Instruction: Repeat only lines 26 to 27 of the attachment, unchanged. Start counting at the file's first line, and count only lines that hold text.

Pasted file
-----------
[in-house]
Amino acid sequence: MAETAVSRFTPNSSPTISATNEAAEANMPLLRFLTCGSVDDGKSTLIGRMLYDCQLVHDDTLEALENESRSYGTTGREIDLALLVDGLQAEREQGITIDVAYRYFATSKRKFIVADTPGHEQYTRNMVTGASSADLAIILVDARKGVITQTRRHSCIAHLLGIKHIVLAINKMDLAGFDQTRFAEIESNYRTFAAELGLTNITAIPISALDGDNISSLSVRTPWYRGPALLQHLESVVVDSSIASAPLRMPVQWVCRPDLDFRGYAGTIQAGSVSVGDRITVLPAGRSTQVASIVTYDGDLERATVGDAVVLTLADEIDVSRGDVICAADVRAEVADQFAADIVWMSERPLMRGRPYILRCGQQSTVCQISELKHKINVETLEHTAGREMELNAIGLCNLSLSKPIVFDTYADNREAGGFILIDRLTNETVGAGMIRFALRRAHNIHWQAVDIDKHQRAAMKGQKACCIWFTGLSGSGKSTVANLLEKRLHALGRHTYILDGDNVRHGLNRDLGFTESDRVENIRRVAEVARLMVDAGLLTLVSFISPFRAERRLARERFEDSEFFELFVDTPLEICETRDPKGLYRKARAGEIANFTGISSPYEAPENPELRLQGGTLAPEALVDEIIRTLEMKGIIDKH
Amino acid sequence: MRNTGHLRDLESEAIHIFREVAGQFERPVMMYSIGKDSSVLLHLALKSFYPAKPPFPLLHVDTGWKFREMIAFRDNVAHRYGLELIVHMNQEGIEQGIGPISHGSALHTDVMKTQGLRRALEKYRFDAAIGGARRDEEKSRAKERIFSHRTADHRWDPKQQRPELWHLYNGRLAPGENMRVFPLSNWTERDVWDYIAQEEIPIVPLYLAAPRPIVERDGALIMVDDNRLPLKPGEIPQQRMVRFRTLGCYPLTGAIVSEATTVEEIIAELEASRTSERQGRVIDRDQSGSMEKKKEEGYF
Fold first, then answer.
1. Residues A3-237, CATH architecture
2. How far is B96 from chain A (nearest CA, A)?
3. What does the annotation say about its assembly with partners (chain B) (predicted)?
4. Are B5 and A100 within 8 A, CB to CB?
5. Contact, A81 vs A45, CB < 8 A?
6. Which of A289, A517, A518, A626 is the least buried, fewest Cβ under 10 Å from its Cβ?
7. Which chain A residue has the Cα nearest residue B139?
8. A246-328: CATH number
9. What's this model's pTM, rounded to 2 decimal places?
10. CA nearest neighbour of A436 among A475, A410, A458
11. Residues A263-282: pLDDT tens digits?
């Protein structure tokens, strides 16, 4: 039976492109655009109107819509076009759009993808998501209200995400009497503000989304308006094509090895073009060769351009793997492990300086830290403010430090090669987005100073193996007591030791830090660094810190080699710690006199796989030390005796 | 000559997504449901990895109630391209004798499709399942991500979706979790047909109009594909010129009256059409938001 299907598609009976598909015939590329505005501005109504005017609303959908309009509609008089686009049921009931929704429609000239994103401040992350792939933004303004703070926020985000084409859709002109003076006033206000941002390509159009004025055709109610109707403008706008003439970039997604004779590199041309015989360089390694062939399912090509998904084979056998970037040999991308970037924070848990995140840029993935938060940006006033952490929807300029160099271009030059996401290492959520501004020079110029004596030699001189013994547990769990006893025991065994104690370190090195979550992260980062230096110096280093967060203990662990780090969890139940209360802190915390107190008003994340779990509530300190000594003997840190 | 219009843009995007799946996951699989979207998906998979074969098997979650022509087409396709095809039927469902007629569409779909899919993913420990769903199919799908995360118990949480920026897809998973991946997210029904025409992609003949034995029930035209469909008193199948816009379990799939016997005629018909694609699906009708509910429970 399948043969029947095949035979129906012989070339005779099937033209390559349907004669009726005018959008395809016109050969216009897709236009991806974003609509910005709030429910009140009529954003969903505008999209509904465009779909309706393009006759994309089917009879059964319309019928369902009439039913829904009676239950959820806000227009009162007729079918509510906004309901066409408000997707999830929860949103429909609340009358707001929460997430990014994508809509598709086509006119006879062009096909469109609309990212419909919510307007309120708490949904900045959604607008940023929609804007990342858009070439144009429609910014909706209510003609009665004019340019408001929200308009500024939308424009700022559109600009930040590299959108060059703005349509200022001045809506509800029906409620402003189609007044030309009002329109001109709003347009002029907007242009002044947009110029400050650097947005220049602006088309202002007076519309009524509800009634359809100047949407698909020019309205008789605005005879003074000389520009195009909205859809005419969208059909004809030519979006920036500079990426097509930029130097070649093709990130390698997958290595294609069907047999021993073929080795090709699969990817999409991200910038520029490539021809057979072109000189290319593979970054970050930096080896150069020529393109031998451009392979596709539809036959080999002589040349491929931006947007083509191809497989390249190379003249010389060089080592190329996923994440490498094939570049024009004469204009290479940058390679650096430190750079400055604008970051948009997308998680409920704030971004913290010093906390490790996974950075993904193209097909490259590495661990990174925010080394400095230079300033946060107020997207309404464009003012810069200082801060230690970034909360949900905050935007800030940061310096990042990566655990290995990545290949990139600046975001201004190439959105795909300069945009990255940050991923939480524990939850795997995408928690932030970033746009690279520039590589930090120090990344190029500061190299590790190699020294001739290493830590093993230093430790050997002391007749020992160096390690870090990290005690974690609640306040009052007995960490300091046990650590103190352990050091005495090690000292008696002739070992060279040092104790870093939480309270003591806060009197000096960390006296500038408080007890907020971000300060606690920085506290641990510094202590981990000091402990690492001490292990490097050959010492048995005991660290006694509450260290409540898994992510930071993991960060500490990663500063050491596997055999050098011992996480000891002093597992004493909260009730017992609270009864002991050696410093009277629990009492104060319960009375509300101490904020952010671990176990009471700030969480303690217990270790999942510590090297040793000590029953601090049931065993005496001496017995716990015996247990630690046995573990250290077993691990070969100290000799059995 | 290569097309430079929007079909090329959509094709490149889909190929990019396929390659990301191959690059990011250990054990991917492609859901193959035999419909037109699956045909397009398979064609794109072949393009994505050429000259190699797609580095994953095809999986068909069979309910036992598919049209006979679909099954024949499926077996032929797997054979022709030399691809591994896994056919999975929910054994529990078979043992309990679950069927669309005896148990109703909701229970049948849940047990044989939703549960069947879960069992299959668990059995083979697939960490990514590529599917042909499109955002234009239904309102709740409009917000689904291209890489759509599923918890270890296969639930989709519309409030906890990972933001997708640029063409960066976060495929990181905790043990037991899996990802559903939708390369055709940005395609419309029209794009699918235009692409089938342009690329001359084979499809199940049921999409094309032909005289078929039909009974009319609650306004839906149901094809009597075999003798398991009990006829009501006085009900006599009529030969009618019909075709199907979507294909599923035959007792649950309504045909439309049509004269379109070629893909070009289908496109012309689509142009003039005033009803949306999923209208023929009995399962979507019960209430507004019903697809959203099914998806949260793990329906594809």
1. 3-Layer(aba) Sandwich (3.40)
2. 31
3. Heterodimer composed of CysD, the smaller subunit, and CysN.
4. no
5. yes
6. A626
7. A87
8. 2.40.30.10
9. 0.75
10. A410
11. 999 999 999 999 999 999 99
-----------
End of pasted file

10. A410
11. 999 999 999 999 999 999 99